Jackson v. State

Annotate this Case

92 Wis. 2d 1 (1979)

284 N.W.2d 685

JACKSON, Plaintiff in error, v. STATE, Defendant in error.

No. 79-137-CR.

Court of Appeals of Wisconsin.

Argued June 21, 1979.

Decided August 21, 1979.

*3 For the plaintiff in error, there were briefs by Richard L. Cates, state public defender and Richard M. Sals, assistant state public defender, with oral argument by Richard M. Sals.

For the defendant in error, there was a brief by Bronson C. La Follette, attorney general and Thomas J. Balistreri, assistant attorney general, with oral argument by Thomas J. Balistreri.

Before Voss, P.J., Brown and Bode, J.J.

BROWN, J.

This is an appeal from a judgment of conviction finding the defendant guilty of felony-theft contrary to sec. 943.20(1) (a), Stats. The defendant is *4 claiming he was deprived of his right to a unanimous jury verdict when the trial court instructed the jury on all five alternative elements of the offense of thefttaking and carrying away, using, concealing, transferring and retaining. The defendant claims the same error was made when the court instructed the jury on the defendant's culpability as a party to a crime. The facts as presented by the State at trial are as follows.

The first transactional witness, Leonard Wilson, testified that on February 24, 1977, he, the defendant, Charles Jackson, Stacy Schmelter and Jamel Quarles, drove to the University of WisconsinOshkosh music room in the defendant's car to return an instrument the defendant was using. The defendant entered the building with Leonard Wilson and Jamel Quarles. Stacy Schmelter remained in the car. Wilson testified that while the defendant was returning the instrument, he went into the storage room, removed some of the instruments and took them outside. He then saw the defendant's car starting to leave. He went over to the car and asked if he could have a ride home. He was told he could not and, he noticed that the back seat was full of instrument cases. Wilson picked up his instruments and walked to his apartment which he shared with Jamel Quarles and Cindy Chappa. Inside the apartment, he saw the instrument cases in the living room.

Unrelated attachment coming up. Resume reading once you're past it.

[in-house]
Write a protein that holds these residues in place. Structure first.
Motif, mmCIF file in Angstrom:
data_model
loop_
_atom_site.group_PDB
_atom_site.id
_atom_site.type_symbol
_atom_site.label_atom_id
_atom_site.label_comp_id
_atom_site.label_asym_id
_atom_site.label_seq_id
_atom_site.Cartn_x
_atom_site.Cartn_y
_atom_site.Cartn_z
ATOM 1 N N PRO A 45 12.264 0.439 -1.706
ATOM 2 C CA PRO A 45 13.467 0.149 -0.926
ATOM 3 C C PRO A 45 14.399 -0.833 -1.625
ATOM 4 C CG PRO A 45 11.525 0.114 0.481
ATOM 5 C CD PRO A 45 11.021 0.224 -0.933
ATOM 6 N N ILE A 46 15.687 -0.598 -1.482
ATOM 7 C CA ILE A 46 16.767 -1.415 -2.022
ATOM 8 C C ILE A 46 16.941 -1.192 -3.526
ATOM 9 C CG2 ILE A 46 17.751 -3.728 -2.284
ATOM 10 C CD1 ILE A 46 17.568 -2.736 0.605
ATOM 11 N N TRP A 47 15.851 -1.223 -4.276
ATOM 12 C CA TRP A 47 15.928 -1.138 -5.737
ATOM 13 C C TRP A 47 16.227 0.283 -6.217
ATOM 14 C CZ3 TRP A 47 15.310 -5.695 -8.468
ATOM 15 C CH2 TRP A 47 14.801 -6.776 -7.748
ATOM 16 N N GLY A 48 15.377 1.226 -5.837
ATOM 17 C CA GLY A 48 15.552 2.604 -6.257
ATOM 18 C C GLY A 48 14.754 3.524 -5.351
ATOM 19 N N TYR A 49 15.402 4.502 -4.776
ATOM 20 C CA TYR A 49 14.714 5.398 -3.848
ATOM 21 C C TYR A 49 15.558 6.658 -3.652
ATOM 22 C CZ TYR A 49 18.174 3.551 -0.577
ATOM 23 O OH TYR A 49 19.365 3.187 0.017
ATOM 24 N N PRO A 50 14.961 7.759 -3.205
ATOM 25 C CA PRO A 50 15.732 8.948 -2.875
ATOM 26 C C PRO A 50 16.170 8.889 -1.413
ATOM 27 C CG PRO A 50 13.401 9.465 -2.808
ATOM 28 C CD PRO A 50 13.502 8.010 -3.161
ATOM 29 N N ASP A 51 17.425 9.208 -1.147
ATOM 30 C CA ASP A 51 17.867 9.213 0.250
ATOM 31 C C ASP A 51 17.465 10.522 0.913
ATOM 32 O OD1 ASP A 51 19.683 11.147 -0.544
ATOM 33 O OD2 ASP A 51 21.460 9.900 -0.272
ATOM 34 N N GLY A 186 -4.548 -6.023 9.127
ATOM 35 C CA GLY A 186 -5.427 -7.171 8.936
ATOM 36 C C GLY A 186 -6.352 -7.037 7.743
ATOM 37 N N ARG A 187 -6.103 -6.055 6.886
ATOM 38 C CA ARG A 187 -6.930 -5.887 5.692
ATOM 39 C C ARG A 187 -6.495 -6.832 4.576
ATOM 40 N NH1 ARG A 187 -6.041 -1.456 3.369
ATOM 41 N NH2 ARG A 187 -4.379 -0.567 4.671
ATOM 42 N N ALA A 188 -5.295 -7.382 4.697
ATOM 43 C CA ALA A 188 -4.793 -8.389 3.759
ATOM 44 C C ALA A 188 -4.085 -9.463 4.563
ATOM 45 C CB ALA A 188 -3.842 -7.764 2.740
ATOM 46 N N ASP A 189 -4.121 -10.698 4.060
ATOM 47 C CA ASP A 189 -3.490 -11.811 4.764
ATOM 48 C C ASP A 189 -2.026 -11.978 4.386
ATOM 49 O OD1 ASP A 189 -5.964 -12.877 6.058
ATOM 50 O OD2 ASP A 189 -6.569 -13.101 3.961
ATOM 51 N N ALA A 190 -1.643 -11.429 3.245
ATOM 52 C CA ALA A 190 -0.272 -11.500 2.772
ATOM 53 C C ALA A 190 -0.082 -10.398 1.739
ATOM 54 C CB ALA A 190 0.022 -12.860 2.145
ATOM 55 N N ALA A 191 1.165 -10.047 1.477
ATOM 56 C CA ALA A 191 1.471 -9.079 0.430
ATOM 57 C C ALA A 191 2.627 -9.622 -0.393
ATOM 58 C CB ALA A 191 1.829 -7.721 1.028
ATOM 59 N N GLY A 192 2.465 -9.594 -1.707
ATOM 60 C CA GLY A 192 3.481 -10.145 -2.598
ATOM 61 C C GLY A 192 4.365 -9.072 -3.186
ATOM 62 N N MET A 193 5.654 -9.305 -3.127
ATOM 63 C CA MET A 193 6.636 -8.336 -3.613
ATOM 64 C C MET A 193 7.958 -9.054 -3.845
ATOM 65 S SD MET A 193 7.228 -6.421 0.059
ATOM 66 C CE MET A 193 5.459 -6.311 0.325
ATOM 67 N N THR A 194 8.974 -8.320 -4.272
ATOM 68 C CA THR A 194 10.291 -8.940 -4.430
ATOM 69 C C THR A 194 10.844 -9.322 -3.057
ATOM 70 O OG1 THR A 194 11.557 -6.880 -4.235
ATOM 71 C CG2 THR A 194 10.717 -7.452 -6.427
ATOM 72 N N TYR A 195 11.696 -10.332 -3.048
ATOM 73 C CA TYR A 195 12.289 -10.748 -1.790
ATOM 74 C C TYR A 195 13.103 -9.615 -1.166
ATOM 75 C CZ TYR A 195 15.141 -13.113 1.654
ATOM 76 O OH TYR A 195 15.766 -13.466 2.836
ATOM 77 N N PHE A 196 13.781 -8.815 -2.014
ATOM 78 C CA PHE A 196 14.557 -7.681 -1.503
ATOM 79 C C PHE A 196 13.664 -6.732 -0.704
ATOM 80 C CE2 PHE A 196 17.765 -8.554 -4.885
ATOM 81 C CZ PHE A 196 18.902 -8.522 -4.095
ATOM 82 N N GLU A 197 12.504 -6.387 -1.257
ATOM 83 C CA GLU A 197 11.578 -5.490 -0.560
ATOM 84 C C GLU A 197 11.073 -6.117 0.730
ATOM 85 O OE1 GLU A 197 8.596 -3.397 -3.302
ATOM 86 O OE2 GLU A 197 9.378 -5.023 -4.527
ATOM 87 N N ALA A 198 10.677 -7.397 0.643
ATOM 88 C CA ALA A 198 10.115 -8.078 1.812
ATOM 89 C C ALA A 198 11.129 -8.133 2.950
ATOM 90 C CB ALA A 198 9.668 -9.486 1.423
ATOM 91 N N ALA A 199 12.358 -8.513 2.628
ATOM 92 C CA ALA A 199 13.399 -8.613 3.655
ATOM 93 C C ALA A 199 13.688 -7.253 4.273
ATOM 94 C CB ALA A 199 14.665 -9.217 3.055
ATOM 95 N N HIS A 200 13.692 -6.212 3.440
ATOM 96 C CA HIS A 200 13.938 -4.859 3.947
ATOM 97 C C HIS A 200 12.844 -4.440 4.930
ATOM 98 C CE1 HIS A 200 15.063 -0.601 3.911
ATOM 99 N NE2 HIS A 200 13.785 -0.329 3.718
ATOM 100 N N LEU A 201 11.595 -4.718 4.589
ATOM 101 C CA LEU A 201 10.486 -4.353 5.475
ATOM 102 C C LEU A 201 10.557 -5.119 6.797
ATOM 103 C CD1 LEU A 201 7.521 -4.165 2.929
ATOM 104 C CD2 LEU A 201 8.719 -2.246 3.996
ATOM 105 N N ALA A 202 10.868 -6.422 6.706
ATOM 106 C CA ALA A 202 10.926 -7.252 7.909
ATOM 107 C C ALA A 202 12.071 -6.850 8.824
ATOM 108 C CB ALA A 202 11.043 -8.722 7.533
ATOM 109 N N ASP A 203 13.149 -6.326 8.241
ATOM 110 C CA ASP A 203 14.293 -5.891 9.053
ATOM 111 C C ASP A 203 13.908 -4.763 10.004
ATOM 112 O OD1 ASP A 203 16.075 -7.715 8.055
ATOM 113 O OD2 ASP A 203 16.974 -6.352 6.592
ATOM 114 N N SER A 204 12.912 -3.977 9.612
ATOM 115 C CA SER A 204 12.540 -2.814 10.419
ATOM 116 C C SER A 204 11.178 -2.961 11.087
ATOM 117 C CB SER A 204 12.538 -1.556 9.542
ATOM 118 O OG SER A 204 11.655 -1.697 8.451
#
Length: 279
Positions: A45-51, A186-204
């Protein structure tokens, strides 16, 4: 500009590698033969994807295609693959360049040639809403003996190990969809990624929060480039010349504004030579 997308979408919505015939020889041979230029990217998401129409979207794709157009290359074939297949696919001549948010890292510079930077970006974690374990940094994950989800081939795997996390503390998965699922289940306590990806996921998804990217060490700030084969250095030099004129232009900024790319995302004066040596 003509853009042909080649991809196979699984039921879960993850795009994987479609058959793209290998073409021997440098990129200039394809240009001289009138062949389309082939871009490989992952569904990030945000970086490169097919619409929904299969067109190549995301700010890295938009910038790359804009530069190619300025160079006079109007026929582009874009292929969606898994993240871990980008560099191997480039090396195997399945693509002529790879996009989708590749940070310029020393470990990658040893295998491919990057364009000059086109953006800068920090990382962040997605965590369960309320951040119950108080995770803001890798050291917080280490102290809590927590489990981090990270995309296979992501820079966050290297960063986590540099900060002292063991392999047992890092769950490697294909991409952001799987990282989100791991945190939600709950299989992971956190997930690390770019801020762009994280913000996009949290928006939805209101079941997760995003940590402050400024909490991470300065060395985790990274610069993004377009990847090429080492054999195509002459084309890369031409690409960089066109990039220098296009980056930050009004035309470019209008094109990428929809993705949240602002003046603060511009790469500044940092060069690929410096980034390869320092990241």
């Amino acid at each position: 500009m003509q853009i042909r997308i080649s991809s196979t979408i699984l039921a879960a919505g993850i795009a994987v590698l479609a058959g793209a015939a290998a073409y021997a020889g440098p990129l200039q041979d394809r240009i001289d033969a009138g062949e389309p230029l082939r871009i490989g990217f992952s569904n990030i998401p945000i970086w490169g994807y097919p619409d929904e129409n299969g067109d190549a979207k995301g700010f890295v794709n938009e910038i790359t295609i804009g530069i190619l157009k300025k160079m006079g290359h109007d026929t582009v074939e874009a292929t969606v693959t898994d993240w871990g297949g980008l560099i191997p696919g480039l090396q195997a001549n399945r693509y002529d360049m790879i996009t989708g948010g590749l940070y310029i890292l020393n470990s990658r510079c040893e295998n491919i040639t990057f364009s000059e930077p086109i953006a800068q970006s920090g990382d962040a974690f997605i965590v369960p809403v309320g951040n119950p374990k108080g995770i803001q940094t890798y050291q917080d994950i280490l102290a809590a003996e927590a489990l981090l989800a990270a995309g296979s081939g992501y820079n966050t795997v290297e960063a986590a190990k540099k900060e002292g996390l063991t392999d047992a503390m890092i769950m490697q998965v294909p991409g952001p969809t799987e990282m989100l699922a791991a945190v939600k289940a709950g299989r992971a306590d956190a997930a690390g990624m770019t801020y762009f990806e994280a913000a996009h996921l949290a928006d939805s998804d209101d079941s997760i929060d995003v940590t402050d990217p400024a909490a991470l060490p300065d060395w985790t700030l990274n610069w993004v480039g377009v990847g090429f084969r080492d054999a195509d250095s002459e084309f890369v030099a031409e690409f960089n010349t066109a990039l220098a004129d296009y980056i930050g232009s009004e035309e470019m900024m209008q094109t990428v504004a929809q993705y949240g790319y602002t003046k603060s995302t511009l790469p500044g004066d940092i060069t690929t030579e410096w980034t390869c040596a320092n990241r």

Bonnie Annis testified that on April 13 she was at the University of WisconsinOshkosh when the defendant and another man, James Cobb, picked her up and drove to Becker's Music Store. She testified that the defendant asked her to take an instrument to the store manager and try to sell it for no less than $50. She went into the store, but the manager would only pay her $35 for the instrument. She went outside, asked the defendant what to do, and "they" (Cobb and the defendant) told her to take the $35. When she went back into the store, she was informed *5 that the police had been called because the instrument might be stolen. The police arrived, questioned her and arrested her. The charges were ultimately dropped against her.

James Cobb testified that he had met the defendant on April 12, and the defendant asked him to pick him up the next day and drive to Milwaukee to sell some instruments. He met the defendant the next day at approximately 1:00 p.m. They picked up Bonnie Annis at the university and drove to Becker's Music Store, where Bonnie was to sell an instrument. He stated that after Bonnie had gone into the store, she came out and asked the defendant what to do because they would only give her $35 for the instrument. Cobb stated the defendant told her to take the $35. The defendant then asked him to go into the store and make sure everything was all right. He went into the store and saw the owner calling the police so they left the area. Cobb stated he knew the defendant played an instrument in the band and did not know the instrument was stolen.